Suicide accounts for, by far, the largest share of gun-related fatalities in the U.S. California’s gun suicide rate of 4.1 per 100,000 people is the sixth-lowest in the country. California has among the stricter gun laws in the country. The state, for example, has banned assault-style weapons, and firearm purchasers in California must pass a written firearm safety test.

7. Minnesota
> Firearm deaths per 100,000 people:
6.91
> Total firearm deaths 2005-2014: 4,051 (21st lowest)
> Violent crime rate per 100,000: 229.1 (10th lowest)
> Adult gun ownership rate: 36.7% (17th highest)
> Poverty rate: 11.5% (9th lowest)

Minnesota’s gun regulations are more restrictive compared to laws most states, which may partially explain the low gun fatality rate. At fewer than 7.0 deaths for every 100,000 Minnesotans, it is one of the lowest in the nation. The regulations, however, are also not as restrictive as in some other states. Minnesota does not require background checks before gun transfers between unlicensed parties; firearm dealers are not required to obtain a license; nor are gun owners required to obtain a license, register firearms, or report stolen weapons.

Minnesota’s gun ownership rate of 36.7% is higher than the national rate of 29.3%, and it is exceptionally high compared with other states with the lowest gun death rates.

6. New Jersey
> Firearm deaths per 100,000 people:
5.2
> Total firearm deaths 2005-2014: 5,022 (25th lowest)
> Violent crime rate per 100,000: 261.2 (14th lowest)
> Adult gun ownership rate: 11.3% (4th lowest)
> Poverty rate: 11.1% (4th lowest)

States where gun ownership is more common tend to have higher rates of gun violence. In New Jersey, which has one of the lowest rates of gun deaths per capita, just 11.3% of adults own a gun, roughly a third of the national gun ownership rate of 29.1%.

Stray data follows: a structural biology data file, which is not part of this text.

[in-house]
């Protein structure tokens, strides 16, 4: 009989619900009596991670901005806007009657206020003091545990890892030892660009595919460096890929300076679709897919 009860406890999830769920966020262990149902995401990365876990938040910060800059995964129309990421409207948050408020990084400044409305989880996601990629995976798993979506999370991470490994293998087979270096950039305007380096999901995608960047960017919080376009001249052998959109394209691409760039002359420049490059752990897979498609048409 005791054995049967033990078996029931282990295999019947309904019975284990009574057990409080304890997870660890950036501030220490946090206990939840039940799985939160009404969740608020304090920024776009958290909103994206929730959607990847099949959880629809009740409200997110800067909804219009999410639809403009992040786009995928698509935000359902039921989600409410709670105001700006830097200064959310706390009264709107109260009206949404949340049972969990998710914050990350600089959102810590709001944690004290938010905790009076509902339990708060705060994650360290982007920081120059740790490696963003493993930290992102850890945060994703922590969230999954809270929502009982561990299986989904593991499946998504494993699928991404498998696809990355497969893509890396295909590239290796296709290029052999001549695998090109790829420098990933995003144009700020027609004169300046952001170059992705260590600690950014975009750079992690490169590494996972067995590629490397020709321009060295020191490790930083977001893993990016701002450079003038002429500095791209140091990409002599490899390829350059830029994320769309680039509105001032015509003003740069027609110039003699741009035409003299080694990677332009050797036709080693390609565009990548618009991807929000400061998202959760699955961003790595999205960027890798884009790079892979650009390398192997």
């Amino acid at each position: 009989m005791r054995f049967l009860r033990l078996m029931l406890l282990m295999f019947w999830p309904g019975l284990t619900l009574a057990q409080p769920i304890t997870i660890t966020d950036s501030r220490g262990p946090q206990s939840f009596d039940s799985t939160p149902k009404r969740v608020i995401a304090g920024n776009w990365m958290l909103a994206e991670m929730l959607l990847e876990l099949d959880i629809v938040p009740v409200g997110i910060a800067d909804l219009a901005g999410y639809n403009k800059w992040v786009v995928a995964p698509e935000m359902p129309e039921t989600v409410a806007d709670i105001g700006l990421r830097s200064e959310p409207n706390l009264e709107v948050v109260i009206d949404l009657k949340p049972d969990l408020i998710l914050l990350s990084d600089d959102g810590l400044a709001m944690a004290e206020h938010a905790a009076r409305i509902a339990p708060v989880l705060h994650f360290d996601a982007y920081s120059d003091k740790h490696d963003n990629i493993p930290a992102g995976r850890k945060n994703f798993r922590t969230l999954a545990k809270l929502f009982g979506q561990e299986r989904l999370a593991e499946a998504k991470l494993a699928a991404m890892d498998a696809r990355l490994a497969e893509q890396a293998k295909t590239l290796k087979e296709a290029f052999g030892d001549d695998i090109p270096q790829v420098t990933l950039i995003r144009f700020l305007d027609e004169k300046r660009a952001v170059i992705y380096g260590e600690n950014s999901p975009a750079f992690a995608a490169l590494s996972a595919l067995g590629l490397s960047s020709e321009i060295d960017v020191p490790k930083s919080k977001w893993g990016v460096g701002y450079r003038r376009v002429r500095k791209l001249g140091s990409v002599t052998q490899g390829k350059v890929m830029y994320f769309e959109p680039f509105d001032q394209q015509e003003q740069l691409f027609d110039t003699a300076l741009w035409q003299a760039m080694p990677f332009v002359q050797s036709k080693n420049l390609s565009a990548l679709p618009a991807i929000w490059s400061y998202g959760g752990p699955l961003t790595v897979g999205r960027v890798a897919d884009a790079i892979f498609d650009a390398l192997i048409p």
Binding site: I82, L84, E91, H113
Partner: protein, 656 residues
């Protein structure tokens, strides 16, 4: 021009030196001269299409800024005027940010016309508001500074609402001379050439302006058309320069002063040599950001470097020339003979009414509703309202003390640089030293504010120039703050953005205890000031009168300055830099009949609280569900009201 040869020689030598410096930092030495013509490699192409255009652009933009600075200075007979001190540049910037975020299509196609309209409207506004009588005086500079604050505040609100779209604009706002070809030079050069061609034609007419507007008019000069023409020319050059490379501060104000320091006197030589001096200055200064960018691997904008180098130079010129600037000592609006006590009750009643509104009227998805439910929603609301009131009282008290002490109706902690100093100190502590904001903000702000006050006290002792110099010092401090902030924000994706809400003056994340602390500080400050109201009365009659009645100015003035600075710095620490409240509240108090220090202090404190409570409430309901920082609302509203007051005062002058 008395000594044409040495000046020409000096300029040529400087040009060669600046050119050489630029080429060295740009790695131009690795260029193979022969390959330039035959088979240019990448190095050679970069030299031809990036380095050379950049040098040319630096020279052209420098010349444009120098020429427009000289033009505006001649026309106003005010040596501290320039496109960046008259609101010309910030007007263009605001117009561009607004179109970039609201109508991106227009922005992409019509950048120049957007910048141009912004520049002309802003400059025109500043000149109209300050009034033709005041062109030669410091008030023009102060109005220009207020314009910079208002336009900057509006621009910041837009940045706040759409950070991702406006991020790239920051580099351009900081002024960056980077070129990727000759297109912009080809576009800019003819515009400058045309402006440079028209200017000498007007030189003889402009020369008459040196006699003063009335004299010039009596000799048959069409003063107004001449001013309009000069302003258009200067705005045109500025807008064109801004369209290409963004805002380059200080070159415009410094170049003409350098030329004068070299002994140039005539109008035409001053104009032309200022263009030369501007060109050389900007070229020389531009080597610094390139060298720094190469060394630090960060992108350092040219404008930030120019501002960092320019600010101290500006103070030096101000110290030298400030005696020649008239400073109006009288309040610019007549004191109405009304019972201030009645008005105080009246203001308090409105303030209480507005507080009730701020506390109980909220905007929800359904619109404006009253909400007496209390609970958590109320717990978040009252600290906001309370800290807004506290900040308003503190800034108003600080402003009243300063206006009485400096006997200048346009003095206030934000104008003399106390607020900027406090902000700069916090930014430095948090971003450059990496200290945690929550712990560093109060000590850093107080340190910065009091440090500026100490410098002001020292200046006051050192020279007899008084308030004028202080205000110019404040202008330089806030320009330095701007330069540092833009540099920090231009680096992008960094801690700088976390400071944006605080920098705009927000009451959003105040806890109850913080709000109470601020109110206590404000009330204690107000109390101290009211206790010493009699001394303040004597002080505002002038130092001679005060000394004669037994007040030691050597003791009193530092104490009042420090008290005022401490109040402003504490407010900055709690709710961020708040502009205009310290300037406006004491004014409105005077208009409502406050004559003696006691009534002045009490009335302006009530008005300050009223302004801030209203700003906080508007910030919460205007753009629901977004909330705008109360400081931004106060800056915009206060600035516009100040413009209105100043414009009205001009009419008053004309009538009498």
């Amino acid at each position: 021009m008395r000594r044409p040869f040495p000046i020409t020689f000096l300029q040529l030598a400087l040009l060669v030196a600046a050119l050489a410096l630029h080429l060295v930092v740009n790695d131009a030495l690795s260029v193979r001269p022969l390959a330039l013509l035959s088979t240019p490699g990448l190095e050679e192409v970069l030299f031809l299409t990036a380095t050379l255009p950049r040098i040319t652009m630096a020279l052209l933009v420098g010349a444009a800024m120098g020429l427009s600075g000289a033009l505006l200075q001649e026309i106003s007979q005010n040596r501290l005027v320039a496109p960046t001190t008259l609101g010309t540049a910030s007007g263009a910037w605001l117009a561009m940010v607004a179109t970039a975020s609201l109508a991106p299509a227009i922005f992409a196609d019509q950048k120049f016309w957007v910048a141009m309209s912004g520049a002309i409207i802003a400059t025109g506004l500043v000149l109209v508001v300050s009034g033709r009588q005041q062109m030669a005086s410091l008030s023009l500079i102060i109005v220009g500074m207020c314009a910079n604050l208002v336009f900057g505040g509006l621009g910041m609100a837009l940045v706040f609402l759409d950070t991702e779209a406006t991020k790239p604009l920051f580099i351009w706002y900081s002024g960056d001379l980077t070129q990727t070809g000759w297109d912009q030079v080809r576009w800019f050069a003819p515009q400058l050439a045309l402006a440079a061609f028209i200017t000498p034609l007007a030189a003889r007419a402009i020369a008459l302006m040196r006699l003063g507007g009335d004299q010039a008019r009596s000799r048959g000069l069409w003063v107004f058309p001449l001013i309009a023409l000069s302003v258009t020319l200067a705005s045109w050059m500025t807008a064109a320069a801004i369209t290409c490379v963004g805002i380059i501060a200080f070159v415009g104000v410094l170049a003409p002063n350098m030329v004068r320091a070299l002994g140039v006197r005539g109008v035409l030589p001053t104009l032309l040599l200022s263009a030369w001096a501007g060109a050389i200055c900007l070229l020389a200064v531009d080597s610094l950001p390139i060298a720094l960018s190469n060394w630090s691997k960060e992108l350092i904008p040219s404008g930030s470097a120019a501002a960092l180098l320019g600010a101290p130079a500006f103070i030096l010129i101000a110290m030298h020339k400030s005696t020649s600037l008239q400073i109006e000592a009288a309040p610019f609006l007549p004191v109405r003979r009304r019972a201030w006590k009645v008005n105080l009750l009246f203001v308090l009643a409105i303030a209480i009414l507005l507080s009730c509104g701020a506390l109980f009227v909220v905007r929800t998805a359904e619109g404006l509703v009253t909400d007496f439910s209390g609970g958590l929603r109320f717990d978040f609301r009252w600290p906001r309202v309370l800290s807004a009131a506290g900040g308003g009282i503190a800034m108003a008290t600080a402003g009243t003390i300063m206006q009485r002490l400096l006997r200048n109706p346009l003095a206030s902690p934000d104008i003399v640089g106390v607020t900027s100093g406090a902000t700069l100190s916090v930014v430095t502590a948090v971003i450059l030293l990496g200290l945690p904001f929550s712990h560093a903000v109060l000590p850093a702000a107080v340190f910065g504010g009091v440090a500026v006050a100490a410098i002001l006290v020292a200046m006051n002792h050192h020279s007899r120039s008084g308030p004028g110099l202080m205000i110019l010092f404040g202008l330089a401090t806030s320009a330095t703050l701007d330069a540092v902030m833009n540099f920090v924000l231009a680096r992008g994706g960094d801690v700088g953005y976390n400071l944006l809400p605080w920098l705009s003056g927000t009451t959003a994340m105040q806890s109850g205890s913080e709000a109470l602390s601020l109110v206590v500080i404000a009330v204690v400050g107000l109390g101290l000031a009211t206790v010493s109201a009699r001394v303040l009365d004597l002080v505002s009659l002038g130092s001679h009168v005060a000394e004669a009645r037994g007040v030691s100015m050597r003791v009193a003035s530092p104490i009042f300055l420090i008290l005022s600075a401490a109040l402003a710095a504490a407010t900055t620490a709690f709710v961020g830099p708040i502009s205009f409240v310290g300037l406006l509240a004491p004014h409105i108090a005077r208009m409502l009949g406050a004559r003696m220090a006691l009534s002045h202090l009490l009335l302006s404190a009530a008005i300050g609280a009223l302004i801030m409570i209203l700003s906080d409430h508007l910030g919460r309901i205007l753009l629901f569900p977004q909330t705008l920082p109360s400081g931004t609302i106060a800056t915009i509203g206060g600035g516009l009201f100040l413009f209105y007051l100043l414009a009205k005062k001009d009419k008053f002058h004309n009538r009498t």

There is a high correlation between violence and poverty levels. New Jersey’s poverty rate of 11.1% is fourth lowest in the country. Its gun death rate is sixth lowest. Like many states with less gun violence, New Jersey has relatively strict gun laws. The state requires a permit to purchase any handgun and prohibits those convicted of domestic abuse from owning or buying a firearm of any kind.

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5. Connecticut
> Firearm deaths per 100,000 people:
5.2
> Total firearm deaths 2005-2014: 2,049 (13th lowest)
> Violent crime rate per 100,000: 236.9 (12th lowest)
> Adult gun ownership rate: 16.6% (6th lowest)
> Poverty rate: 10.8% (3rd lowest)

While the connection between financial security and gun-related violence is poorly understood, poor communities are victims of shooting deaths far more frequently than more prosperous communities. Connecticut is a case in point. The state’s poverty rate of 10.8% is third lowest in the nation, and its gun-related death rate is fifth lowest.

In 2012, 20 elementary school children and six adults were shot and killed at Sandy Hook Elementary School in Newtown, Connecticut. It was the second-deadliest school shooting U.S. history. The debate over gun control took center stage following the massacre. After the shooting in Orlando, Sen. Chris Murphy of Connecticut launched a filibuster in an attempt to force congress to revisit gun control legislation. Connecticut has among the most strict regulations on the purchasing and owning of firearms.

4. New York
> Firearm deaths per 100,000 people:
4.4
> Total firearm deaths 2005-2014: 10,601 (10th highest)
> Violent crime rate per 100,000: 381.8 (19th highest)
> Adult gun ownership rate: 10.3% (3rd lowest)